He cannot leave his vale of tears, he is a prisoner of himself.
* * *
The wooden boards stretched along one side of the road, endlessly down the hill. Behind the high board fence, impermeable as a huge wash tub, there was nothing to be seen, no trace of life. Open dark holes were
the window cavities of the old weather-beaten brick buildings. It was only one street further back that life could be heard on the other side of this long fence, but everything was strangely muffled. Here lived those who were no longer tolerated in the new city,
here lived those for whom life no longer had a place.
Through a knothole, the view fell on a barren former park area, where an old, gaunt horse had its run. What magnanimity from those who themselves had nothing, were nothing.
In the eyes of others they were just freeloaders, to many they were a thorn in the flesh.
You only saw the extent of the ghetto when you climbed the shallow hill. From up here you could see the flashing and the light on one side and the darkness with the sweet smell of dead life reminiscent of ghouls on the other.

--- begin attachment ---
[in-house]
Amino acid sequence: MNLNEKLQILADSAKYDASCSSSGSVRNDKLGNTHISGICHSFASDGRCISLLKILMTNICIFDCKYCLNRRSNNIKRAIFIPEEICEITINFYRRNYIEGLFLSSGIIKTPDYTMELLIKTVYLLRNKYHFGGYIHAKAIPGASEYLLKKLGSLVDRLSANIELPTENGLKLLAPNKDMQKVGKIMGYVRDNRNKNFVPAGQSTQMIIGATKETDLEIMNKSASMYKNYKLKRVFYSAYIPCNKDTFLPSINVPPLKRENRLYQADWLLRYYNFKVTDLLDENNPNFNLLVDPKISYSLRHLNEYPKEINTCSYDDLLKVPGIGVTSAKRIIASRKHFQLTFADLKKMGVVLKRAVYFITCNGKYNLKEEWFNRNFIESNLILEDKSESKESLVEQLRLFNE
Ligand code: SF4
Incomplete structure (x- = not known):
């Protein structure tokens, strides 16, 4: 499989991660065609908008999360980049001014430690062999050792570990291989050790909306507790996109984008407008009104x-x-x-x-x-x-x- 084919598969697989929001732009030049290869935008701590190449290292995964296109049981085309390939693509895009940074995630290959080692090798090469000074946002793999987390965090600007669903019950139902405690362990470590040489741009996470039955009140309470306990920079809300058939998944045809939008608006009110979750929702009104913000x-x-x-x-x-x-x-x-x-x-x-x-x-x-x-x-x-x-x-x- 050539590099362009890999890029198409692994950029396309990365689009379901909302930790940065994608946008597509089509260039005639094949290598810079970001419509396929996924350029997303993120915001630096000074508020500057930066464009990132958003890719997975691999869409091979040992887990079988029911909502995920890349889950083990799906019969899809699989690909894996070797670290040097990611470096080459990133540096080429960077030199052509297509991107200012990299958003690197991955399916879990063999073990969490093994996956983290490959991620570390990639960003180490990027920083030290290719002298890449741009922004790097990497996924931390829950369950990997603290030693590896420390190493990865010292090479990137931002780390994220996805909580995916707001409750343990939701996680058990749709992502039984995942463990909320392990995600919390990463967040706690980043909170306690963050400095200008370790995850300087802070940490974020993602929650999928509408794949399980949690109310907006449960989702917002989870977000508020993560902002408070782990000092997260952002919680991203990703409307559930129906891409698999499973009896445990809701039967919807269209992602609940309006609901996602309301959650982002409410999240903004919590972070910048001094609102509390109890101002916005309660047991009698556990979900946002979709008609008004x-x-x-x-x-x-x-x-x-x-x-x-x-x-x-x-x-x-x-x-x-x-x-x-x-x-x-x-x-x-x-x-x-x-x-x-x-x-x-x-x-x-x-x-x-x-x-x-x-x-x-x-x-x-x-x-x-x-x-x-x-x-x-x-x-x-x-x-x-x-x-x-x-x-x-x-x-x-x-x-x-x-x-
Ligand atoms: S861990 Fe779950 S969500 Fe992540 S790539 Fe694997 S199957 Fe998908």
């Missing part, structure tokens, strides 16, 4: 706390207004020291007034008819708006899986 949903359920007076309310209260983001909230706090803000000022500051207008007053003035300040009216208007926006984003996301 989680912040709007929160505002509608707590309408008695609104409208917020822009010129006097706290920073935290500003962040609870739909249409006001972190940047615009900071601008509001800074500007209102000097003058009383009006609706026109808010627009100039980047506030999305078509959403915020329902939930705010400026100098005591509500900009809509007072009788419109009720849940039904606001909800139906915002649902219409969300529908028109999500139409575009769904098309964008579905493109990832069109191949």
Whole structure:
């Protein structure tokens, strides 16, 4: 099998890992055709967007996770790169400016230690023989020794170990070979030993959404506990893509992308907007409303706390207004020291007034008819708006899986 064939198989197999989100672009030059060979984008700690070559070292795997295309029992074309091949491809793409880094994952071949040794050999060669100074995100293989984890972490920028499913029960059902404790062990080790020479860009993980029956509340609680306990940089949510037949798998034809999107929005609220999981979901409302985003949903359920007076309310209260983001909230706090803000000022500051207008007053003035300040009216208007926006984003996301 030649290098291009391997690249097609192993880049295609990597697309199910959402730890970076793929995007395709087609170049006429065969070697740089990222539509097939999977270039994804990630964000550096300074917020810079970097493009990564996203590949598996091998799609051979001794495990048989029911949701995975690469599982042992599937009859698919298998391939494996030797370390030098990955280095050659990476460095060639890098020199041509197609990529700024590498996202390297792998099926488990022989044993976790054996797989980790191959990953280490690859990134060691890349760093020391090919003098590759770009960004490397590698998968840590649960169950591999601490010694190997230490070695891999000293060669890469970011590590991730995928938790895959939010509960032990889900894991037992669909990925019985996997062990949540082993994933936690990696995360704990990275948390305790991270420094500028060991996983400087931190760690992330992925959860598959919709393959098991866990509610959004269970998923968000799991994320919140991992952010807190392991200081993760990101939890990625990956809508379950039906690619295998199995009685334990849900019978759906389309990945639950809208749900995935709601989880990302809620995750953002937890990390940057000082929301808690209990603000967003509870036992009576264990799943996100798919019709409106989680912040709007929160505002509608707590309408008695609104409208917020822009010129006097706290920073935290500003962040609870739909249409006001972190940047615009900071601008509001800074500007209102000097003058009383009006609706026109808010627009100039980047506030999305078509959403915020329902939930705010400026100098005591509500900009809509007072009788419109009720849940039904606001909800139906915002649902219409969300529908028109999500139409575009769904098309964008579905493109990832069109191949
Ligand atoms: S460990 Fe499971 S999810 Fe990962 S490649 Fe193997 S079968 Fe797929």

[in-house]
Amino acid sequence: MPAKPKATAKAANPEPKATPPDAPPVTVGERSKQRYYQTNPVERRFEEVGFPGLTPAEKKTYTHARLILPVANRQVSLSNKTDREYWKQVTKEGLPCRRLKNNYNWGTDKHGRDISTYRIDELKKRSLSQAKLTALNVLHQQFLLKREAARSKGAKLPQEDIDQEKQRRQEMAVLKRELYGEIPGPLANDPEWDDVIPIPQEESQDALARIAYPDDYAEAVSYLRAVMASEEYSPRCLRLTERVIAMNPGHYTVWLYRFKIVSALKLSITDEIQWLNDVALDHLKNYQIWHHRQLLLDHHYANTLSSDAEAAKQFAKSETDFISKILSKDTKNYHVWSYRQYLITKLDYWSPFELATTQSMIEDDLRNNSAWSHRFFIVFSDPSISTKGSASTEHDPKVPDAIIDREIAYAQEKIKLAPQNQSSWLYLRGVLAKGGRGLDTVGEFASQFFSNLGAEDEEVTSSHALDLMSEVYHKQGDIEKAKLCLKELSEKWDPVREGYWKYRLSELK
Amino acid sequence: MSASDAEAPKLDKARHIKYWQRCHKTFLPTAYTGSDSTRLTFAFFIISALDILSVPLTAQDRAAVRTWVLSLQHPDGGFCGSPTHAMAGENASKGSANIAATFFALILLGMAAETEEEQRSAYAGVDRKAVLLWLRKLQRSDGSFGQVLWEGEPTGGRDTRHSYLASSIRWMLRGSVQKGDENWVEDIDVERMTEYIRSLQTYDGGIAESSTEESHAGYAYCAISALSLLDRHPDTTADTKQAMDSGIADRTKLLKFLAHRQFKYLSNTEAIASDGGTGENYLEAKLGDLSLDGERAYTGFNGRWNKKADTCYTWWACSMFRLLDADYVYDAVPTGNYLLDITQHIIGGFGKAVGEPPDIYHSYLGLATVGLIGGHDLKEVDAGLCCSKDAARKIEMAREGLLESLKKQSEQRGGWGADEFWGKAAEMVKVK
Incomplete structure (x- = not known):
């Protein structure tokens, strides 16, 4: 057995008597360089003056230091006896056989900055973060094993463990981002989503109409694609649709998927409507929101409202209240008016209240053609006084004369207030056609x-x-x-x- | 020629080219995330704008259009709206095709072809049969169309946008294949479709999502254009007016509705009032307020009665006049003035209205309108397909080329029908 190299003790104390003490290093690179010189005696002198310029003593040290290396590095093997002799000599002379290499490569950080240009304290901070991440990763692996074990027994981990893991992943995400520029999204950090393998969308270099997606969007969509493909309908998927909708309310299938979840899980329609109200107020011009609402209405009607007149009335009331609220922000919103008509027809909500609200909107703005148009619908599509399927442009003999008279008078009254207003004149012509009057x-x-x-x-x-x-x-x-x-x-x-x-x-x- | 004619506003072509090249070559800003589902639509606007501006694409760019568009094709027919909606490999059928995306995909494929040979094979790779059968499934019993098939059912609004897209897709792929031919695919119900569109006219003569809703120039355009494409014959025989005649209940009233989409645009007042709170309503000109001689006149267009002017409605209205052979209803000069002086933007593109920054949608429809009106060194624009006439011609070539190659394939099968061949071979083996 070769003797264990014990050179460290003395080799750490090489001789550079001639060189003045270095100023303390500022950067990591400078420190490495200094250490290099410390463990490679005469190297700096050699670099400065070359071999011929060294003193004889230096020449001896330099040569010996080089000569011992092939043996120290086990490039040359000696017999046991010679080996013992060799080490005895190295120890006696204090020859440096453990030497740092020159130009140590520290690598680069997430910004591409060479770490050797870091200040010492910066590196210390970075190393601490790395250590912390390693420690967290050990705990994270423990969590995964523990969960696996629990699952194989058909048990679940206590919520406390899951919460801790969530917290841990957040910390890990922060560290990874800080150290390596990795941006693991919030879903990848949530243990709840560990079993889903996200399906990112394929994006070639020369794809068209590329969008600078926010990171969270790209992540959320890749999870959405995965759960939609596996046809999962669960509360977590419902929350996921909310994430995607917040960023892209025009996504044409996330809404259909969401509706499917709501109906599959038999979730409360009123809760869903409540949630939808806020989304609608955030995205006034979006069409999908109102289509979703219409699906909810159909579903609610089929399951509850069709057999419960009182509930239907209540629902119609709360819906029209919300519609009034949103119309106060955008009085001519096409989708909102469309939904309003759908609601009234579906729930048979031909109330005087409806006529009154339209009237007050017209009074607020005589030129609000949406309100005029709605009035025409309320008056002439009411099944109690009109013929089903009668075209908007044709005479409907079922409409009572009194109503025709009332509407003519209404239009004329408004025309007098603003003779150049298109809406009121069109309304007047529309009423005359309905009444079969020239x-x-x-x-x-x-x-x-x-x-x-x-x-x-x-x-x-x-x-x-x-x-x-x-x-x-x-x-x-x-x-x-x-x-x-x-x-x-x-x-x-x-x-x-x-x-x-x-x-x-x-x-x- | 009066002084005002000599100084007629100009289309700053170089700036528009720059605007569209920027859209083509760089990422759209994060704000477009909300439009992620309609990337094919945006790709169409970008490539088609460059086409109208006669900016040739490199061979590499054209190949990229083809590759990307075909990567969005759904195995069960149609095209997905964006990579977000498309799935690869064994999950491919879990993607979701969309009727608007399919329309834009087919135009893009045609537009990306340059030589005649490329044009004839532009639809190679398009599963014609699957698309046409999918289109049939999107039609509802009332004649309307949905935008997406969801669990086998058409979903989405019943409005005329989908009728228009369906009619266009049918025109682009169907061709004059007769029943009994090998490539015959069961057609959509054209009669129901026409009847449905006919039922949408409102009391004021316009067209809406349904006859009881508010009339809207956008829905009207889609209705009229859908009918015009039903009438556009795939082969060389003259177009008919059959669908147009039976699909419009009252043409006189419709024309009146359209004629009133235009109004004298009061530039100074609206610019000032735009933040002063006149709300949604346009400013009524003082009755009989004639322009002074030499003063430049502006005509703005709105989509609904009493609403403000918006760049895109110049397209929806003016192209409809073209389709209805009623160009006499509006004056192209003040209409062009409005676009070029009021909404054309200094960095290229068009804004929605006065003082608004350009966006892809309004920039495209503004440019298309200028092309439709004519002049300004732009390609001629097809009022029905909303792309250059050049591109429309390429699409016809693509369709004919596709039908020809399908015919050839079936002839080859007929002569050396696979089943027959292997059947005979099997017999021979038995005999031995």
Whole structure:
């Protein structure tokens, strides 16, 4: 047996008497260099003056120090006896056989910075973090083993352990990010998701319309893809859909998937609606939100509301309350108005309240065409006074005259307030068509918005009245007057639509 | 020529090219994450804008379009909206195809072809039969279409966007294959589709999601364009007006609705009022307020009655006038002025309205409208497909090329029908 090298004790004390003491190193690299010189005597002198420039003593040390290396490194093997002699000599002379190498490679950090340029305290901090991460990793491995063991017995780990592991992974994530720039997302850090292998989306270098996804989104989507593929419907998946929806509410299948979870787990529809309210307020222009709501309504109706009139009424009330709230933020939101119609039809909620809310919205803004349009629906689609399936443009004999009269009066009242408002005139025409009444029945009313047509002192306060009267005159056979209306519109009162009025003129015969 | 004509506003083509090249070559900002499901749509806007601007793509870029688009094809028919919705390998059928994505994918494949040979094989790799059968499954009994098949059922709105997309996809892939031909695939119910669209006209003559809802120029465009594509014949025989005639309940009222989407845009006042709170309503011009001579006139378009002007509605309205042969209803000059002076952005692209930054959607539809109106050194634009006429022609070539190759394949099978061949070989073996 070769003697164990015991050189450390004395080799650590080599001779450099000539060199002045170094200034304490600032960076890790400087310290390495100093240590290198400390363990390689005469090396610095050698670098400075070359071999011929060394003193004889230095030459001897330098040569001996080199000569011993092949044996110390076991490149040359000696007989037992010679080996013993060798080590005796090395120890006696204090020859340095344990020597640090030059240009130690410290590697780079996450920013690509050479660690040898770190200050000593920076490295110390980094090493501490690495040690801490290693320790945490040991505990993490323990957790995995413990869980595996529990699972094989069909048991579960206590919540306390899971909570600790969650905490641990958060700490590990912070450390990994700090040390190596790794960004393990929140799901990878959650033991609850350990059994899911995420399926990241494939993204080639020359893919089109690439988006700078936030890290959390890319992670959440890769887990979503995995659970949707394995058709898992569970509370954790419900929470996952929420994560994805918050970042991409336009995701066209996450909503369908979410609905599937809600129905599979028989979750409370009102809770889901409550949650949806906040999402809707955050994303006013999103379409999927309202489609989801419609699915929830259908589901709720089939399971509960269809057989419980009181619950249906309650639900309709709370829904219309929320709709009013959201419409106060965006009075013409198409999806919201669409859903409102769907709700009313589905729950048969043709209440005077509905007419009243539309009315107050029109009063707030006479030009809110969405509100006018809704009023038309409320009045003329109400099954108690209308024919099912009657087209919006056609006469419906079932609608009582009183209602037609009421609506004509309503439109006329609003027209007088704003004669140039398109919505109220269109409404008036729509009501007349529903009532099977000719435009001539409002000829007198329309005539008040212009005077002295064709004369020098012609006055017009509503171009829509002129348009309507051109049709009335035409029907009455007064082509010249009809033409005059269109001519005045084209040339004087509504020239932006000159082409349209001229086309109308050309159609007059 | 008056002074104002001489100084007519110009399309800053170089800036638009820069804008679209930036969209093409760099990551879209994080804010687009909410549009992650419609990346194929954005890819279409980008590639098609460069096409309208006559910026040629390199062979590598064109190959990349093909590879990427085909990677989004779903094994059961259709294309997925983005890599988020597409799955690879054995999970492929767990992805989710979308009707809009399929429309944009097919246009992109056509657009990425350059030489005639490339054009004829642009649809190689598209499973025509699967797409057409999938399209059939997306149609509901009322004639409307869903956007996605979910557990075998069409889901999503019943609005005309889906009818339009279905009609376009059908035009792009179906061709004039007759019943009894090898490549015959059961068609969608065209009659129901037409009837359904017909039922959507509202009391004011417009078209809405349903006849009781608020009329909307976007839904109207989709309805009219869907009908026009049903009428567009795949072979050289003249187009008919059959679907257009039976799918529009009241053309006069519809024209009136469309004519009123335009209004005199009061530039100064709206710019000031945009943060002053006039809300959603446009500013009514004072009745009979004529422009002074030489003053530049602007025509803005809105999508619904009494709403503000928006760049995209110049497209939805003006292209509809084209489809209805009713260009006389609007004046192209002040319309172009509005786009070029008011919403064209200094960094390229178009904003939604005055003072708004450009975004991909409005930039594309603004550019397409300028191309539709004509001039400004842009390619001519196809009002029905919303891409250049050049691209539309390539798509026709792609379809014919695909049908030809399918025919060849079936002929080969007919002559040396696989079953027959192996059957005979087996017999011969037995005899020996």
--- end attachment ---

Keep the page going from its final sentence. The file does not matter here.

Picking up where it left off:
side. The city shows its true face here, it is a changeling of its history.
* * *
Outside the city, just beside the iron bridge, lies the cemetery. Trees grow out of the graves, it has not been used for a long time. The wrought iron gate squeaks softly as it opens. It feels warm, the sun gives this place
this place the illusion of living warmth and yet everything is cold and silent. Only at the back of the last row of graves is the muffled sound of earth falling loosely onto a hill. The earth releases a body.
Dark, black, dirt-smeared, sunken, it begins to emerge, more and more clearly. A butterfly flies by, bees buzz, the flap of a bird's wing is heard, then silence.
* * *
He looked around abruptly and begins to feel a little uneasy. Now it was that time again, like all the time before, he turns with leisurely steps one last round on the market place surrounded by beautiful old houses, he looks one last time at the colourful sunshades.
the colourful parasols, the old stone floor, he pattered briefly and then soared into the air, he drew one last circle over the town and then set off with all the other birds to fly away.
and then take off with all the other birds to fly back to earth, where spring was already preparing to arrive.
* * *
Gerd J. Wunderer